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What Reinventing Our Schools Means To Hallandale Beach

By Hallandale Beach Mayor, Joy Cooper

March 7, 2024

Over the last month the School Board of Broward County announced its goal to address the under enrollment in schools. The announcement that some schools could possibly close sent a chilling effect throughout every school. Parents, community stakeholders and all elected officials all have been outraged, afraid their school would be shuttered, and children transferred to another school.

With state and national laws pushing for vouchers and charter schools popping up everywhere the public schools have been under strain for years. Broward County Schools lost over 50,000 students to charter and private schools. That is down from 250,000. The board still counts all the 286 since funding for them comes directly out of their budget as pass throughs. With the student drain from traditional classrooms there are direct budget implications which are tied to student seats. On average Broward receives $9,000 Dollars per student seat. This equates to $450,000,000 Million.

As Superintendent Licata states “everything is on the table.” Hallandale Beach actually has 2 schools within our boundaries and 2 centers. We are part of what is called the Hallandale Innovation Zone which comprises seven schools within parts of Hollywood, West Park and Pembroke Park. These include: Colbert Lake Forest and Watkins which are elementary schools. McNicol Middle, Gulfstream K -8 and Hallandale High School.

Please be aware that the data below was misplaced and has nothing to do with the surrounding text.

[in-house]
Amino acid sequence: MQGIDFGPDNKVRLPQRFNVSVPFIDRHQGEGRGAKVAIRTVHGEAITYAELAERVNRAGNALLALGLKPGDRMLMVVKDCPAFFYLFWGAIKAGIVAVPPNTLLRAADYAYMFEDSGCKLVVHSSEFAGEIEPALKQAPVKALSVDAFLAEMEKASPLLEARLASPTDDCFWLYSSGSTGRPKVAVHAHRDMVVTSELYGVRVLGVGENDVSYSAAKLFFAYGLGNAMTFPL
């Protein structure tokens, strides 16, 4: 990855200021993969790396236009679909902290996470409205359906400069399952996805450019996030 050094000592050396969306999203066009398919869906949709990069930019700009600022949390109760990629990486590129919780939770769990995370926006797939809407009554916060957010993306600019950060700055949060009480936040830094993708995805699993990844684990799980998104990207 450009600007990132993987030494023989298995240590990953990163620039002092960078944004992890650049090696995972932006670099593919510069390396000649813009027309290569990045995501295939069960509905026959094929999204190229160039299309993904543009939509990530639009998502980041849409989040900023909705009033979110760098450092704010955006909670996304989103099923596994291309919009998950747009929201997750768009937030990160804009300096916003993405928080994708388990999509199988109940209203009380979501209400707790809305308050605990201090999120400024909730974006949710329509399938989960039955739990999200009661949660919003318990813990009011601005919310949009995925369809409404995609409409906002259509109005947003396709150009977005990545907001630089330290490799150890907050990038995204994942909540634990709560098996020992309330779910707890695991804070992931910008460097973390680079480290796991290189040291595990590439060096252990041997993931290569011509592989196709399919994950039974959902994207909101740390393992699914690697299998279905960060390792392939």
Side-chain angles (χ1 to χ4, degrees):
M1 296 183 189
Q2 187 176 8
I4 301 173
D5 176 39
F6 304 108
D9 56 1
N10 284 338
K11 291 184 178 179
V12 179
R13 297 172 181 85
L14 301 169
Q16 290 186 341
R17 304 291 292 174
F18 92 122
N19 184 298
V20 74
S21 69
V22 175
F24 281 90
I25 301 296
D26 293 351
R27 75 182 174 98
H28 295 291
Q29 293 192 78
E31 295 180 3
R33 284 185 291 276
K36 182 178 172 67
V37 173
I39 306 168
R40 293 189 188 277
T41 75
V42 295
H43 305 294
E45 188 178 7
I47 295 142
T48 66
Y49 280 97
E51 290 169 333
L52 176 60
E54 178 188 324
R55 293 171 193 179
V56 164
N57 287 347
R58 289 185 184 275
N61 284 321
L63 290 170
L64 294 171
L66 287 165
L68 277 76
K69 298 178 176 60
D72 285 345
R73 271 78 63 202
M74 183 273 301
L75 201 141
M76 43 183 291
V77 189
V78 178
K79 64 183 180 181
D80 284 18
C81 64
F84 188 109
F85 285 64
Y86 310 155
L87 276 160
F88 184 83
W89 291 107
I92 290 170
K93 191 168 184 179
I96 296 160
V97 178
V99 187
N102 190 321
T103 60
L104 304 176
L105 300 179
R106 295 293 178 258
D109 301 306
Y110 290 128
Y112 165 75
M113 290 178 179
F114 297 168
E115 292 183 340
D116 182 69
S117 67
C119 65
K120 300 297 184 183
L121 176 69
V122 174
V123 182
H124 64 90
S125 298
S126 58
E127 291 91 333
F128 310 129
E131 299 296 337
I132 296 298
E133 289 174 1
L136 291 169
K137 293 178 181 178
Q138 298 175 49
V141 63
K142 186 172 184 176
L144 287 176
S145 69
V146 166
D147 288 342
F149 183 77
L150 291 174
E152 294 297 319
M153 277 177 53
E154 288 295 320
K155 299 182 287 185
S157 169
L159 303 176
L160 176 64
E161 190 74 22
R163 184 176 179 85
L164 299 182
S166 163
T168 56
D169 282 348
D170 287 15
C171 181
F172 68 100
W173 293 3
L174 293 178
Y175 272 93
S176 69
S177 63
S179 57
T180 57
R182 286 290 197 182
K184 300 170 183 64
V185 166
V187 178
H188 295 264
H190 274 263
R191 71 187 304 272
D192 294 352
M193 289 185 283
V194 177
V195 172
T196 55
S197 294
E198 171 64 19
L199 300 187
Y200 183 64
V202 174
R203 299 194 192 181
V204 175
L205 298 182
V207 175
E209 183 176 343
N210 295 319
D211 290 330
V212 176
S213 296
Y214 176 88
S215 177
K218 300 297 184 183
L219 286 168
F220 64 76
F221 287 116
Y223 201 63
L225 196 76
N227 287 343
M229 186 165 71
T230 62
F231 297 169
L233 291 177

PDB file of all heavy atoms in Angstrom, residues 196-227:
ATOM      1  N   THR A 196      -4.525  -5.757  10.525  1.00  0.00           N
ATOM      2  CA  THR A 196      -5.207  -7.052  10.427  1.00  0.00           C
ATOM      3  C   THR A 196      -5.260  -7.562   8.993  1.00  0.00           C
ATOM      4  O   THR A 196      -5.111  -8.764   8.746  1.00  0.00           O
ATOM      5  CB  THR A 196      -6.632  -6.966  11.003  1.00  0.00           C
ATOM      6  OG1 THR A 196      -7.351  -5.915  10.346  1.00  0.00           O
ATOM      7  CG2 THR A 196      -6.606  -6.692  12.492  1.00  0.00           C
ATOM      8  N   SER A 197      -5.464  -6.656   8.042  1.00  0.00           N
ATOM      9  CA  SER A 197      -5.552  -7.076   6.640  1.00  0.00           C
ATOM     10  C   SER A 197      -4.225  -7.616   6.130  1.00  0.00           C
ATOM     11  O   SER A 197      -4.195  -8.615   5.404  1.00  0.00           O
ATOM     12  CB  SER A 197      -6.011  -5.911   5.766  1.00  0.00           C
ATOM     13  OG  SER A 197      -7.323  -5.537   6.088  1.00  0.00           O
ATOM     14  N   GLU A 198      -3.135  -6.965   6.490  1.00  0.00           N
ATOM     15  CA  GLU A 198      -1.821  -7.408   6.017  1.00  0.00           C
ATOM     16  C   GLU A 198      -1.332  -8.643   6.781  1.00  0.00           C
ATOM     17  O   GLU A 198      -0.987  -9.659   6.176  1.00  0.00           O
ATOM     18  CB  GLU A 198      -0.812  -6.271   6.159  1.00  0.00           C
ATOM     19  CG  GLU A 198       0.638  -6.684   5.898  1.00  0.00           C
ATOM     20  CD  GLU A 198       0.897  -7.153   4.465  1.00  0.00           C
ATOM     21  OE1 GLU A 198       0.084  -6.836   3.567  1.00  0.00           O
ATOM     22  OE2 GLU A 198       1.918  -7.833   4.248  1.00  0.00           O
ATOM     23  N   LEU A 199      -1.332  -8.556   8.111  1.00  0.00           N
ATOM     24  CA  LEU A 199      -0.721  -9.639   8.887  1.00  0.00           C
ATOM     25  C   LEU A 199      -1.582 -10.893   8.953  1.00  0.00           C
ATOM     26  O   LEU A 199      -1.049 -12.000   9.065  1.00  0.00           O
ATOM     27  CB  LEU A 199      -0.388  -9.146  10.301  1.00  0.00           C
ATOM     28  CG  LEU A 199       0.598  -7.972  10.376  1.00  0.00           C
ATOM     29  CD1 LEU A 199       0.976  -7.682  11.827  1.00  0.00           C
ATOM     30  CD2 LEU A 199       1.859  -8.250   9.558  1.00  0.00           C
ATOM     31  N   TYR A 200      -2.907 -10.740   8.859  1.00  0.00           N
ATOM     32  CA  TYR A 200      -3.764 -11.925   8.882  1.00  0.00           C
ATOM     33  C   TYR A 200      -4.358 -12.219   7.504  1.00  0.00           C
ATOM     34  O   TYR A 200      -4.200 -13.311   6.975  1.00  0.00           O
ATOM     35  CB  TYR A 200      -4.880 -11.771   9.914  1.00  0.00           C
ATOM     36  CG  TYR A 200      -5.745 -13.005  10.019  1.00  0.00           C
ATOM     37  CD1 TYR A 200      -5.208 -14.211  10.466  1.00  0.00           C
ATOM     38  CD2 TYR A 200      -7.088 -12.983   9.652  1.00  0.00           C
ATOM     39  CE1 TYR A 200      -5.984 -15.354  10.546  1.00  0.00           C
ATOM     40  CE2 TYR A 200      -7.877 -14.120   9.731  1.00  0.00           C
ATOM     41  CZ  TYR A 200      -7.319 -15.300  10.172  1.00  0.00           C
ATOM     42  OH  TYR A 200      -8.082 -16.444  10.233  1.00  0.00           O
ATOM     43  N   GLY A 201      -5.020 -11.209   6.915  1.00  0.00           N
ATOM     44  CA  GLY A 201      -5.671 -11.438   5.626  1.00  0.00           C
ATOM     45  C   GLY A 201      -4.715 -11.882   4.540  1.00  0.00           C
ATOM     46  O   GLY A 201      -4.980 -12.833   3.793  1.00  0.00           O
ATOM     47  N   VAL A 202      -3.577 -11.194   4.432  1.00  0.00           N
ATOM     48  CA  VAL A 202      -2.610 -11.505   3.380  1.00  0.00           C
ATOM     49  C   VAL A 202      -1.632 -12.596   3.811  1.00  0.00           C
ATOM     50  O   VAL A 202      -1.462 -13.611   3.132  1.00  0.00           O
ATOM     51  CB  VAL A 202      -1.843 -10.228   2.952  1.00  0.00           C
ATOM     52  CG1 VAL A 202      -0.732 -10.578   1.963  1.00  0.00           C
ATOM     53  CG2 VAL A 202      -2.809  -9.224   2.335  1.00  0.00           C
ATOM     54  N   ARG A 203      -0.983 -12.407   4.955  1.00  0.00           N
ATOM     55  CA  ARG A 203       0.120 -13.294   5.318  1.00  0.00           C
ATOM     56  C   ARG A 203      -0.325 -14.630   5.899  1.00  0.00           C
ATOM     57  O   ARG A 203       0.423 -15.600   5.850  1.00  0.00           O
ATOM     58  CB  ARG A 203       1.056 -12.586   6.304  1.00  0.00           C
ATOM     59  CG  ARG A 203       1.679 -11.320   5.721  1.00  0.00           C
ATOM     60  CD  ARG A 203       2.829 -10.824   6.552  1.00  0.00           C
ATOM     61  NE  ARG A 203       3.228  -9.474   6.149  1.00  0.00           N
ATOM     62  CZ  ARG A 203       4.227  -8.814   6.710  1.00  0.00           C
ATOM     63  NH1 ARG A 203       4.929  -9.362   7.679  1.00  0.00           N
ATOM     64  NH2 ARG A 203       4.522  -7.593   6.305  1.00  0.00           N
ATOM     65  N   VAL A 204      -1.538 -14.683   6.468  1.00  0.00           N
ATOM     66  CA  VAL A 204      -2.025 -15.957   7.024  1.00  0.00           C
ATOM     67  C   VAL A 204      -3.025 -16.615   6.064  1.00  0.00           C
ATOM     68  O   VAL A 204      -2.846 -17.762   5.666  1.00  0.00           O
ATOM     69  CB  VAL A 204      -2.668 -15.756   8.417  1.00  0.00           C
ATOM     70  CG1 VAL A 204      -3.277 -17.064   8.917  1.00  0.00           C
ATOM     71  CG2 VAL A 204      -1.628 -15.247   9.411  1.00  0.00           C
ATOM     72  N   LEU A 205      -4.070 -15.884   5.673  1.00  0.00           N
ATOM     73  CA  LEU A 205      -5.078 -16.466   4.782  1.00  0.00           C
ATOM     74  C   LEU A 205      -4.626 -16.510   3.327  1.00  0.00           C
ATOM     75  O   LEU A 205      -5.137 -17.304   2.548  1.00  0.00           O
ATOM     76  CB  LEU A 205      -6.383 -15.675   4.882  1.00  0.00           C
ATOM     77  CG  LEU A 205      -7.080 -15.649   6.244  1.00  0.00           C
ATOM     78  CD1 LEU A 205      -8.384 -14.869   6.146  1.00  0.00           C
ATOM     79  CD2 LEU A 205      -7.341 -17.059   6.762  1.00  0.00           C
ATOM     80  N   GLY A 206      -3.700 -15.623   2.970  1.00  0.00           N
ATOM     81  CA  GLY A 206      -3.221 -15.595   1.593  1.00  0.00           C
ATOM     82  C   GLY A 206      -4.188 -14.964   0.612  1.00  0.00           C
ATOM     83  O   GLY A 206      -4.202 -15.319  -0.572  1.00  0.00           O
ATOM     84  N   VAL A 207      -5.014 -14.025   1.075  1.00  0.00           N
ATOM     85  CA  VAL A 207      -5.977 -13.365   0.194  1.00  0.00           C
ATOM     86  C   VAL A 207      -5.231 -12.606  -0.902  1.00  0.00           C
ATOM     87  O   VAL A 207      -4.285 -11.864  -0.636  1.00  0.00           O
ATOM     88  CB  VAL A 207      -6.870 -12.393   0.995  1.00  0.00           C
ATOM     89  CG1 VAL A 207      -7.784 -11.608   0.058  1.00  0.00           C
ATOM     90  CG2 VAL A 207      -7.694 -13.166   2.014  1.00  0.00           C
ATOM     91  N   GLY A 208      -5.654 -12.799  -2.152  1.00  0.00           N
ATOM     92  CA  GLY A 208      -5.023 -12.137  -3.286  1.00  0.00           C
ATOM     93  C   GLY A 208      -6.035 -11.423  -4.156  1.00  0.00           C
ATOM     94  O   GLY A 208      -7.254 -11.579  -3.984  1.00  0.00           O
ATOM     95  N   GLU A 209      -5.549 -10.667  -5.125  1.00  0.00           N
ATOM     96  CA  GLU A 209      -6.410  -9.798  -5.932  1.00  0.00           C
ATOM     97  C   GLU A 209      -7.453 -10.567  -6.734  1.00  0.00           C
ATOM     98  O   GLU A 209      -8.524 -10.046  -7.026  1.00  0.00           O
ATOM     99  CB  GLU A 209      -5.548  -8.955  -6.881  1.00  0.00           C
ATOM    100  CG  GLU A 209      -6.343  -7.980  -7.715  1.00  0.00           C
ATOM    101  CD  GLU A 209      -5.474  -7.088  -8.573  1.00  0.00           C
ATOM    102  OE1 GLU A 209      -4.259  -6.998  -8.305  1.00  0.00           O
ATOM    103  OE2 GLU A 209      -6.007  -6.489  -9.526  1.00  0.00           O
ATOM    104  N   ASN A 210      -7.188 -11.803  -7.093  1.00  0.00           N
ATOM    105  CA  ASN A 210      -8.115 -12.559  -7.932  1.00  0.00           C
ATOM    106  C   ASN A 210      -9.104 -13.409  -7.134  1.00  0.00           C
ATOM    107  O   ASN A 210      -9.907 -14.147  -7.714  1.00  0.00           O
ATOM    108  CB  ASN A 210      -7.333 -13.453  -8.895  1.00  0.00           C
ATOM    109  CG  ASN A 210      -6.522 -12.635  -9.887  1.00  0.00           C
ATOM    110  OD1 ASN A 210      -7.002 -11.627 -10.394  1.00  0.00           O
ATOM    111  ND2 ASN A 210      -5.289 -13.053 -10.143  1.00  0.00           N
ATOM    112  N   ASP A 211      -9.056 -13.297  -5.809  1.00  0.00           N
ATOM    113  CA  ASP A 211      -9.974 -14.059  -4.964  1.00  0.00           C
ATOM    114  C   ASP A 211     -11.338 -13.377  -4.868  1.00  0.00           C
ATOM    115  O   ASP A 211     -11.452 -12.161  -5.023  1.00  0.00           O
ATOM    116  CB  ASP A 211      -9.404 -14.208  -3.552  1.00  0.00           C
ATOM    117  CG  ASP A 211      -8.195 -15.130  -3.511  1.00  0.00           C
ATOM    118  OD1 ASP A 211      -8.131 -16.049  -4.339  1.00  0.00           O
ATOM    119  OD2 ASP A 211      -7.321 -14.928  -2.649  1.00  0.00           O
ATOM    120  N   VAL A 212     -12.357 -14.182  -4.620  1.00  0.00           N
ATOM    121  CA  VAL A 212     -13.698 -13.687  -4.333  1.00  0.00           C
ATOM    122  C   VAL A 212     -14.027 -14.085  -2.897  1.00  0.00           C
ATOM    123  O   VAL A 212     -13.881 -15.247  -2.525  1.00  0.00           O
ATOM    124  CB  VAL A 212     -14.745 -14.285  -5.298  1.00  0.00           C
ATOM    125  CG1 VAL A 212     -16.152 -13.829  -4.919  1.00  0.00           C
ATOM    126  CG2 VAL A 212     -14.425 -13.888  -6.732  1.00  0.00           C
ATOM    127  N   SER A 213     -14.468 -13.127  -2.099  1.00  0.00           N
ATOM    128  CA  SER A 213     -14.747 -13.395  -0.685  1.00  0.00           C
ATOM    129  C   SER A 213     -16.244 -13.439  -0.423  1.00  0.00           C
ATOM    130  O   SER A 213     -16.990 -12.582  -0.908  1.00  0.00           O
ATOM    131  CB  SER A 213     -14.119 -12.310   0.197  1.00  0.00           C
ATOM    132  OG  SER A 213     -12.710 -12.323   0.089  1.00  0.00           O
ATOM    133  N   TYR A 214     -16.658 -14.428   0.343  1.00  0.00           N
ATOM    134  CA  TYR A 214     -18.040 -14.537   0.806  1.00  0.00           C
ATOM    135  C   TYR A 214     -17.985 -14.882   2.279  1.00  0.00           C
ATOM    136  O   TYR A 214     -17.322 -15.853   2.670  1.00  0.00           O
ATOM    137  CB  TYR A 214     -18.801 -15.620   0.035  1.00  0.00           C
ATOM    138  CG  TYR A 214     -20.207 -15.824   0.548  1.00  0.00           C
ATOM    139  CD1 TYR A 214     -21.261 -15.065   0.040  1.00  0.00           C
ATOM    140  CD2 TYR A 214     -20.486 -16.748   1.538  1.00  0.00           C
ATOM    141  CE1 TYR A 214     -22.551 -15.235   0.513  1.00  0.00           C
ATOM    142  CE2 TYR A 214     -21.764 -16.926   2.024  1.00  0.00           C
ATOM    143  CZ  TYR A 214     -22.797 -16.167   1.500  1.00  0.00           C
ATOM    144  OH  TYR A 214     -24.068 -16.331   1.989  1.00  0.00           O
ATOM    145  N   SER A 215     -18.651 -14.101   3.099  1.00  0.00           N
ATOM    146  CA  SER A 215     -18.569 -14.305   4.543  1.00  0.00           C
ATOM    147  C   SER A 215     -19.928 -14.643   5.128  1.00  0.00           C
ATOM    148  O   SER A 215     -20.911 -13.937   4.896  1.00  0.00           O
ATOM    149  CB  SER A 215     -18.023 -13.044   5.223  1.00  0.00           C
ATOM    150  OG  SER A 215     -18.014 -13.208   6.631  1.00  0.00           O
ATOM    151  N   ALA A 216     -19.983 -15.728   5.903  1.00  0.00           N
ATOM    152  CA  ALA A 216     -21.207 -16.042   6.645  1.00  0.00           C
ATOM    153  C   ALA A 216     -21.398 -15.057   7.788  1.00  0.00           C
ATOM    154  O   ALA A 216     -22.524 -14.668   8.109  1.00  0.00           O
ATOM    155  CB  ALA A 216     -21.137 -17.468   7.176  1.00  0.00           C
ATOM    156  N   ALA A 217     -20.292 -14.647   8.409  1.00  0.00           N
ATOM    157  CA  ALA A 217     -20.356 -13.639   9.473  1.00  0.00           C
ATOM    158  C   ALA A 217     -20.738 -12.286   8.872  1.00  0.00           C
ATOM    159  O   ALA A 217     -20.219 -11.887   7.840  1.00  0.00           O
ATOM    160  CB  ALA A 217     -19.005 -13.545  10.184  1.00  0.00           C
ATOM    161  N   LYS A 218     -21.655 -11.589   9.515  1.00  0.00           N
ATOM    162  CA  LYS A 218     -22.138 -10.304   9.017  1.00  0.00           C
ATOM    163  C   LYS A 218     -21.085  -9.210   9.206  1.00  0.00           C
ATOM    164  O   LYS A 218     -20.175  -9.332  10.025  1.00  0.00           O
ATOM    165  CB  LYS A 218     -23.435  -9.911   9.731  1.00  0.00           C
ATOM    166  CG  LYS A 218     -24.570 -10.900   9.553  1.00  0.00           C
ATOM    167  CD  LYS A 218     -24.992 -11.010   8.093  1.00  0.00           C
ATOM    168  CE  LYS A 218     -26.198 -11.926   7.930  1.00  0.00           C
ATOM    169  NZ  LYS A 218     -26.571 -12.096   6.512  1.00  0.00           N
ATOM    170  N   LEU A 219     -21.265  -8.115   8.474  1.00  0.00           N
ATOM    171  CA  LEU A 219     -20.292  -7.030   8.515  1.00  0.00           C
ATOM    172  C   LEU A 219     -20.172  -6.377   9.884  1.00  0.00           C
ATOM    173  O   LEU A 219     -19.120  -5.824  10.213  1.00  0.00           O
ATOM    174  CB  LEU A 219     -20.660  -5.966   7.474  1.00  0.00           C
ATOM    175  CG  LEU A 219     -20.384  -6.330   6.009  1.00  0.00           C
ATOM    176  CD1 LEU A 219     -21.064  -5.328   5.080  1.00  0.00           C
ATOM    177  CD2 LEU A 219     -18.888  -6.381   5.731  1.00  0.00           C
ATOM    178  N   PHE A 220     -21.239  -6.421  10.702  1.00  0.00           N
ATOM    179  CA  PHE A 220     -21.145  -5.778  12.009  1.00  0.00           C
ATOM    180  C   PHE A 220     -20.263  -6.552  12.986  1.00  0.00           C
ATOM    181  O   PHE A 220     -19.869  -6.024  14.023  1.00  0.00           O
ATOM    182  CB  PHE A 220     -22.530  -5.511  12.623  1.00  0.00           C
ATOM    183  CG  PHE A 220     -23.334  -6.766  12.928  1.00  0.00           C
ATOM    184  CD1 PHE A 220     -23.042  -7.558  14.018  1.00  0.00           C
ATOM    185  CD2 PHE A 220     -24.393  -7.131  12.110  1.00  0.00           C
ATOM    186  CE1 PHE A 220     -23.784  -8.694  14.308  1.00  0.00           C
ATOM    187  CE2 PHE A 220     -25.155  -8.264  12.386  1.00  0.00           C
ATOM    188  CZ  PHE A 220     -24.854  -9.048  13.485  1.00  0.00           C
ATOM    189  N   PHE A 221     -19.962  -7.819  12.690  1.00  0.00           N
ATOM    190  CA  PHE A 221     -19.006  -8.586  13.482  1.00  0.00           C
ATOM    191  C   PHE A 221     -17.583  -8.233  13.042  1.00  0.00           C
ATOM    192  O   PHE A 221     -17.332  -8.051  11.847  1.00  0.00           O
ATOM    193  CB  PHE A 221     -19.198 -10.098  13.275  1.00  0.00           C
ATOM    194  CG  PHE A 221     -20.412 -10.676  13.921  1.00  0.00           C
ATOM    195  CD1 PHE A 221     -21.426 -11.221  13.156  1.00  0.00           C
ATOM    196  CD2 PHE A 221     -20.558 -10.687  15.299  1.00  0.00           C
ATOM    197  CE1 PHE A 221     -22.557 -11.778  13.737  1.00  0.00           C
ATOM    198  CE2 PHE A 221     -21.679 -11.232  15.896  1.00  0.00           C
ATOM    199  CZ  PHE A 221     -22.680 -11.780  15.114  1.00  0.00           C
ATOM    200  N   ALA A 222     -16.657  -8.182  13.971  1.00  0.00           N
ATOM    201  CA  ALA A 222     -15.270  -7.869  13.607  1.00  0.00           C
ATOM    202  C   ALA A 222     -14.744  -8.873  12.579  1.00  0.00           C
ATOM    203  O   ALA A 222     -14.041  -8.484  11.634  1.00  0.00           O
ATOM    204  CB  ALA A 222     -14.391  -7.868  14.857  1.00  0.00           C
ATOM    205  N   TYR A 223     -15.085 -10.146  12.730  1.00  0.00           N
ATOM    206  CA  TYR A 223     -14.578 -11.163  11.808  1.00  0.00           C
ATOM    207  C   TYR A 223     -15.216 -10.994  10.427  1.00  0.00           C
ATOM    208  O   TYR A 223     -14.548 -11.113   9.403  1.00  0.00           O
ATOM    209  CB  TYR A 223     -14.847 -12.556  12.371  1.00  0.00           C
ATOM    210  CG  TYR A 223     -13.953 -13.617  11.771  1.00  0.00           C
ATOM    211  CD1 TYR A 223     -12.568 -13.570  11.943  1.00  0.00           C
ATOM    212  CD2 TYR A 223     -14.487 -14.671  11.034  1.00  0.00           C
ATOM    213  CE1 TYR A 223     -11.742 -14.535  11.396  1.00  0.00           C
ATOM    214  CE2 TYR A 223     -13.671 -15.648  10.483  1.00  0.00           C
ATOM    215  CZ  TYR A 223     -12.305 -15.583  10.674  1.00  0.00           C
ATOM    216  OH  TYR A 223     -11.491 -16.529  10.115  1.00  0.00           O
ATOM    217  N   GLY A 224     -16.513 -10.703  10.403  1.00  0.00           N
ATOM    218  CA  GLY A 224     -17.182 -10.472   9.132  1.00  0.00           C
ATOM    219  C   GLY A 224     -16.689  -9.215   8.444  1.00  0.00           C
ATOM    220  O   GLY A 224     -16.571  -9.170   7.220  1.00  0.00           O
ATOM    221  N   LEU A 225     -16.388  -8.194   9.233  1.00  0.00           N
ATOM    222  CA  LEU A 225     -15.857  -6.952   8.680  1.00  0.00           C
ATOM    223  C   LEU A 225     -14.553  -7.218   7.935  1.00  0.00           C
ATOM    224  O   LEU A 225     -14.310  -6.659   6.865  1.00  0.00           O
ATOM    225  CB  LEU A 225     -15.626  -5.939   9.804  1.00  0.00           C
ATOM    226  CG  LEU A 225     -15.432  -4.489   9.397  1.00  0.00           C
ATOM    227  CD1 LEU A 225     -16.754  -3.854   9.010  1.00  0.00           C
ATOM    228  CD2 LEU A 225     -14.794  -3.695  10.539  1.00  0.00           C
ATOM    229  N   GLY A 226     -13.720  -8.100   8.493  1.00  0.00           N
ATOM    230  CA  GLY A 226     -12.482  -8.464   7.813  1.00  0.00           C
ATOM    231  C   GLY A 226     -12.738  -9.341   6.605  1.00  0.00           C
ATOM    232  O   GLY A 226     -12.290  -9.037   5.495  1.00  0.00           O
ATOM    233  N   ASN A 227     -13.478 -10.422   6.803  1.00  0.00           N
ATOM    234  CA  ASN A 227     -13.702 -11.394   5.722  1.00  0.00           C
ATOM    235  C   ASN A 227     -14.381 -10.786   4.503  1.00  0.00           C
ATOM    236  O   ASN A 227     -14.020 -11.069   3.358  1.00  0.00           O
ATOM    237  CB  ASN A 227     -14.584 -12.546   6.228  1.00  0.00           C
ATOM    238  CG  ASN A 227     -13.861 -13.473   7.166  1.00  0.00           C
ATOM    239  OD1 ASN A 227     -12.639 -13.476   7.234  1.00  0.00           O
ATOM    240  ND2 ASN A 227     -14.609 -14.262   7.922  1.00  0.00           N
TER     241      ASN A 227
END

Lanier-James Education Center which serves all of Broward south from I-595 and is a school for students that have been suspended and or have other Behavioral Issues. Gulfstream Early Learning Center is not listed as a school but has become a south area location leased out to various organizations. It was created as an educational center for ages 6 months – PreK 4 and training for teachers. It also provides Adult Education in the form of English as a Second Language and GED services. It also provides services for the District and other Social Services.

I cannot cover every aspect of this issue as it will be ongoing over the next year. I wanted to at least share some information so readers could understand the education landscape here, in our city. More importantly, what is at stake? I will focus first on Hallandale High School.

This school according to school student seats has a capacity for 1,600 students. Currently they have 1,100. As a note these numbers fluctuate. The school was built in 1973. The state stopped rebuilding older schools, so the school never received much in the way of improvements. This is not unique to our school but the same for most eastern schools.

It is important to note that when the schools were segregated in the sixties until 1970 our High School students went to the old Lanier School and others to Attucks. Residents fought long and hard to have a High School, not simply Hallandale but unincorporated Carver Ranches and our neighbors to the west. Notably these were the segregated Black areas. In 1963 MacArthur was built just west of 441 and South Broward built in 1938, it was the only High School and was not integrated until 1968.